I’m a sucker for movies about writers. But so many suffer from the same thing: depicting a writer’s angst with cliched shots of the writer furiously scribbling on a page before violently crumbling it up or ripping it out of the typewriter (in “Julia,” Lillian Hellman then hurls the typewriter out the window).
Melissa McCarthy in director Marielle Heller’s “Can You Ever Forgive Me?” delivers one of the best on-screen portraits of a writer because McCarthy nails real-life scribe Lee Israel’s writerly torment. Despite penning three biographies, she can’t pay her rent; she drinks way too much; she battles with feelings of superiority/insecurity and the gnawing sense that no one (especially not her agent, a great turn by Jane Curtin) is interested in her work anymore. That Israel, who died in 2014, desperately turned to forging letters by famous writers and other celebrities to pay her bills but also to prove to herself, in the hellish vacuum of invisibility, that she still had talent is rendered as a tragically comic twist in the film. Yes, Lee is deluded, bitter and rather pathetic. But the smart, witty script by Nicole Holofcener and Jeff Whitty, and Heller and McCarthy’s willingness to make Lee unlikable is what makes the character relatable. She’s acerbic and eccentric, but never treated as a joke.
The real Israel’s crimes took place in the early 1990s. The film opens in an undefined time that looks much earlier but, judging from Lee’s ill-fitting blazers and clunky eyeglasses, style was never important to her. She’s drinking at a desk job and gets fired, so she pays a visit to her agent (Curtin) who tells her point blank that no publisher is interested in her anymore. Lee is irascible, doesn’t play the game, and her journalism is out of step with current trends. Her biographies of actress Tallulah Bankhead and journalist Dorothy Kilgallen did well but her latest book on cosmetics mogul Estée Lauder is languishing in the remainder bin when Lee visits a local bookstore hoping to sell a stack of used books.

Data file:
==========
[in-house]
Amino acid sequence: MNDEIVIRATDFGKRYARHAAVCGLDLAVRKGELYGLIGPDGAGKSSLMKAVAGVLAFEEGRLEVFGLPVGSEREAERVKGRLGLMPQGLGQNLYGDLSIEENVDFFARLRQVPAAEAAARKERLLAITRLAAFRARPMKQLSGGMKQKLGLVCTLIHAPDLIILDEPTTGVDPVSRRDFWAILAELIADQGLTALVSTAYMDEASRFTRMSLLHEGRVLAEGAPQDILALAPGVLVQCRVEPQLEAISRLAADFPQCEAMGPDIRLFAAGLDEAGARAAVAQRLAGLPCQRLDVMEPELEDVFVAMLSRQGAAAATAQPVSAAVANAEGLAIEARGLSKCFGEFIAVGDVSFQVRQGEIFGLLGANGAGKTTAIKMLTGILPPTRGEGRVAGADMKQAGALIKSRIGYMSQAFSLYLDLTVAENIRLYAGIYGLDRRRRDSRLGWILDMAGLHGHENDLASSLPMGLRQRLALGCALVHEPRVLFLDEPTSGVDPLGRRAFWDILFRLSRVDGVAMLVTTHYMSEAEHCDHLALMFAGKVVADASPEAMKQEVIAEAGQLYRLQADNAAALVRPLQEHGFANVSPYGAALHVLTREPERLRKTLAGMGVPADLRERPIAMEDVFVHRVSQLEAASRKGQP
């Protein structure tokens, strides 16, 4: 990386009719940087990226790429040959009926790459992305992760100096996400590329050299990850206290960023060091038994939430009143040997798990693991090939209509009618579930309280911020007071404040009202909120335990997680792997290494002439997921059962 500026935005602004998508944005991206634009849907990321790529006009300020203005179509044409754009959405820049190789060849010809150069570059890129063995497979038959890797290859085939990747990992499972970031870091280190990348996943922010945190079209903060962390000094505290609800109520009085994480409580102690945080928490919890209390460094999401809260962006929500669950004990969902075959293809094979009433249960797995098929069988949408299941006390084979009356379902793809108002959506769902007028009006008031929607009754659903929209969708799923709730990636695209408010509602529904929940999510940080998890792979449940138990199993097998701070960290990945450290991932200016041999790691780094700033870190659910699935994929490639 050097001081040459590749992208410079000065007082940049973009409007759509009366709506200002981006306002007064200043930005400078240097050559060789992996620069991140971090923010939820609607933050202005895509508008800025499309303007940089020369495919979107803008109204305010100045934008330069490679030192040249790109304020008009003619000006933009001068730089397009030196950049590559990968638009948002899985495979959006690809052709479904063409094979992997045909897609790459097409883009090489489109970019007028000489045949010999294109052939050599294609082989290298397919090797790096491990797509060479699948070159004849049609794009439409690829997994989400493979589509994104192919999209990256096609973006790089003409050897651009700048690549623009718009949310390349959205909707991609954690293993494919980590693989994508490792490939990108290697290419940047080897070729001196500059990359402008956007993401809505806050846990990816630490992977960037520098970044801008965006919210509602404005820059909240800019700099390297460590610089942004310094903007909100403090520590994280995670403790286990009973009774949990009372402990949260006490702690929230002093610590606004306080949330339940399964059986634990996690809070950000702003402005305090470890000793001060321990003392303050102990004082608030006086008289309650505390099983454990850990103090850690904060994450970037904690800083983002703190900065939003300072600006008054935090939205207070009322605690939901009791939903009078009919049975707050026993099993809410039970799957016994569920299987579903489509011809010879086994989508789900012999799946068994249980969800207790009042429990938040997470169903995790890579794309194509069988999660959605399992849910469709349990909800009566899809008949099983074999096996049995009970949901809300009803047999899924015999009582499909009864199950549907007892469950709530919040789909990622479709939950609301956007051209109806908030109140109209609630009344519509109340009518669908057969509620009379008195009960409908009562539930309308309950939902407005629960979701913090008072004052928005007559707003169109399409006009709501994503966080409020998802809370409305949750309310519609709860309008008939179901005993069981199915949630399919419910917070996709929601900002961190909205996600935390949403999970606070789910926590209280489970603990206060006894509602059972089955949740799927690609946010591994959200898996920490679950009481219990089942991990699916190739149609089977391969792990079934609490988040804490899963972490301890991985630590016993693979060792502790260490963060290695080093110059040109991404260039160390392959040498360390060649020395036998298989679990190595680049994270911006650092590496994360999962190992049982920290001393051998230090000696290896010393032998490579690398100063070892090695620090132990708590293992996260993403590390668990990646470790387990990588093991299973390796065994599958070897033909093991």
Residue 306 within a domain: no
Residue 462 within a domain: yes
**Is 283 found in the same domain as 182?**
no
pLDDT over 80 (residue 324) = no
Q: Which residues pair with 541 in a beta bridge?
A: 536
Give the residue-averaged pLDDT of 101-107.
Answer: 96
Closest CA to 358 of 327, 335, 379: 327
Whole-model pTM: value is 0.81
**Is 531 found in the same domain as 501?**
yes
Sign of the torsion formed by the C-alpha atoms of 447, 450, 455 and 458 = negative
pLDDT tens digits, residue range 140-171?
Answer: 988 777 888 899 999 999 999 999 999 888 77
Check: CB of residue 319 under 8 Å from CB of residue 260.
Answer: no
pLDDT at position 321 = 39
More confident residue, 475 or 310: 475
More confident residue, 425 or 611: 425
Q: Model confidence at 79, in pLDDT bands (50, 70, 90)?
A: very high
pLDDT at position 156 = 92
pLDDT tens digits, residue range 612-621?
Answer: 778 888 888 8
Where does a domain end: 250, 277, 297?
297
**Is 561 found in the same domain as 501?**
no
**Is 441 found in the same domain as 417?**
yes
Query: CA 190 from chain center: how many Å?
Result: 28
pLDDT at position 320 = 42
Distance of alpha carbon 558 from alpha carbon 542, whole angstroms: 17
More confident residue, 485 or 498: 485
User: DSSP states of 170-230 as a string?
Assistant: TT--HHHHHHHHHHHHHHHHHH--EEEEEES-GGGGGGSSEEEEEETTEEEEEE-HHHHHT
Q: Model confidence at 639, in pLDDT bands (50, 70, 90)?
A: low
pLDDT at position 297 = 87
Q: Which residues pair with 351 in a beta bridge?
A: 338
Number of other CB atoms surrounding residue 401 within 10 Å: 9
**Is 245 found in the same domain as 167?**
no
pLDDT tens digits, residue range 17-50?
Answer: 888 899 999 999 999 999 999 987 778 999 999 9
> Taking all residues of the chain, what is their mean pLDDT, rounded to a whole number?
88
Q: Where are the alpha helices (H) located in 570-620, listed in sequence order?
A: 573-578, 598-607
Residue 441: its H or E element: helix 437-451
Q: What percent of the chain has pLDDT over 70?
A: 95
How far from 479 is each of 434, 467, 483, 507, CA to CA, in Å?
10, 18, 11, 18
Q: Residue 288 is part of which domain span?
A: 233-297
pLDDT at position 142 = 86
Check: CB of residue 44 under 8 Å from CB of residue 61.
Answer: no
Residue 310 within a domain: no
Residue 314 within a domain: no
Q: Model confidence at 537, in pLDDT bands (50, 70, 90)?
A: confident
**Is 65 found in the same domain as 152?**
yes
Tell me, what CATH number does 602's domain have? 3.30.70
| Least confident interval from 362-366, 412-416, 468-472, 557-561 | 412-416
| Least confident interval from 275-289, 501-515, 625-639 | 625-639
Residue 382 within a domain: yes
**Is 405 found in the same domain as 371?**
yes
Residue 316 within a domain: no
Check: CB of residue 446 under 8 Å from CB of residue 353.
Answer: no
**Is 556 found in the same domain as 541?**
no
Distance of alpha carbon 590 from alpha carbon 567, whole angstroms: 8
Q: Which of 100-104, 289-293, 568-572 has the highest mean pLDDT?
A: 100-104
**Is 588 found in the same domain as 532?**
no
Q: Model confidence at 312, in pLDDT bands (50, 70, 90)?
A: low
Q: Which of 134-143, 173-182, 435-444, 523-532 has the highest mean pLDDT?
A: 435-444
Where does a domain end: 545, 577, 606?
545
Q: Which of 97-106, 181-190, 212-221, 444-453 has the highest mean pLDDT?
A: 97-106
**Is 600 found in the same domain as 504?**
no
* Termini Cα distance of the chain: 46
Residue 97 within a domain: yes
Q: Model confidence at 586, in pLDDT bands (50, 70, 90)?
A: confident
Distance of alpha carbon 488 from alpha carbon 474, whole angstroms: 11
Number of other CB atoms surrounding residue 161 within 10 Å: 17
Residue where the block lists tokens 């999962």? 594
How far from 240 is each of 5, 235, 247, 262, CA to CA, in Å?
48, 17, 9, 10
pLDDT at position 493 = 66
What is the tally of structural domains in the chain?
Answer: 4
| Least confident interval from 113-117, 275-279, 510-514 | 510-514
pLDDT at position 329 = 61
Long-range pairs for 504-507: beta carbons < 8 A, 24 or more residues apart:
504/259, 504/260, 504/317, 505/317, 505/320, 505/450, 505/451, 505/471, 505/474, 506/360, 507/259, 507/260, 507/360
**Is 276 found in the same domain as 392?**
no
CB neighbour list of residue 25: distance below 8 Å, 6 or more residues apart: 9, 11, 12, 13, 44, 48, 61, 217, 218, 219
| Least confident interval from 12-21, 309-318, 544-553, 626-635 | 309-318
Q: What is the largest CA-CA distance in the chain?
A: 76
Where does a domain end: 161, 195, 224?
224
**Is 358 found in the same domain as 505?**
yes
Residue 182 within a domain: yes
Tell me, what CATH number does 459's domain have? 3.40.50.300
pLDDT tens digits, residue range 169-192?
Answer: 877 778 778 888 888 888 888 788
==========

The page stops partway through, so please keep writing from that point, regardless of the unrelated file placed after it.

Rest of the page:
As things spiral downward, Lee pulls from her wall a framed, signed letter from Katharine Hepburn, whom she’d profiled for a magazine piece. The lively note thrills a novice dealer, Anne (Dolly Wells), who buys the letter from Lee, triggering the writer’s bizarre second career as a forger. Anne is sweet, and seems genuinely interested in Lee, who proclaims her disdain for anyone’s company other than her cat’s. McCarthy conveys Lee’s reflexive sabotaging of opportunities, such as when she and Anne go to dinner and Lee dismisses the date with a curt, “I can always use a drinking buddy.” The flash of regret that crosses McCarthy’s face afterward is a stab to the heart.
Lee buys vintage typewriters, does research, and comes up with pithy, signed letters from Dorothy Parker, Noël Coward, Hellman, Hemingway, Louise Brooks and many others, selling them to Anne and other small dealers around New York.
Heller generates suspense, even for those who know Lee’s story thanks to her own memoir. She stages great scenes such as Lee browning stationary in her apartment oven or tracing a signature using her glowing TV as a backlight. When some dealers become suspicious, Lee enlists her fellow gay social outcast and drinking buddy Jack Hock (Richard E. Grant, excellent) to front the letters for her.
McCarthy is, not surprisingly, terrific in this juicy dramatic role. Her subtle reactions reveal so much of Lee’s brash personality and damaged soul that she turns this darkly funny tale about an oddball into a biting portrait of a writer raging from the margins.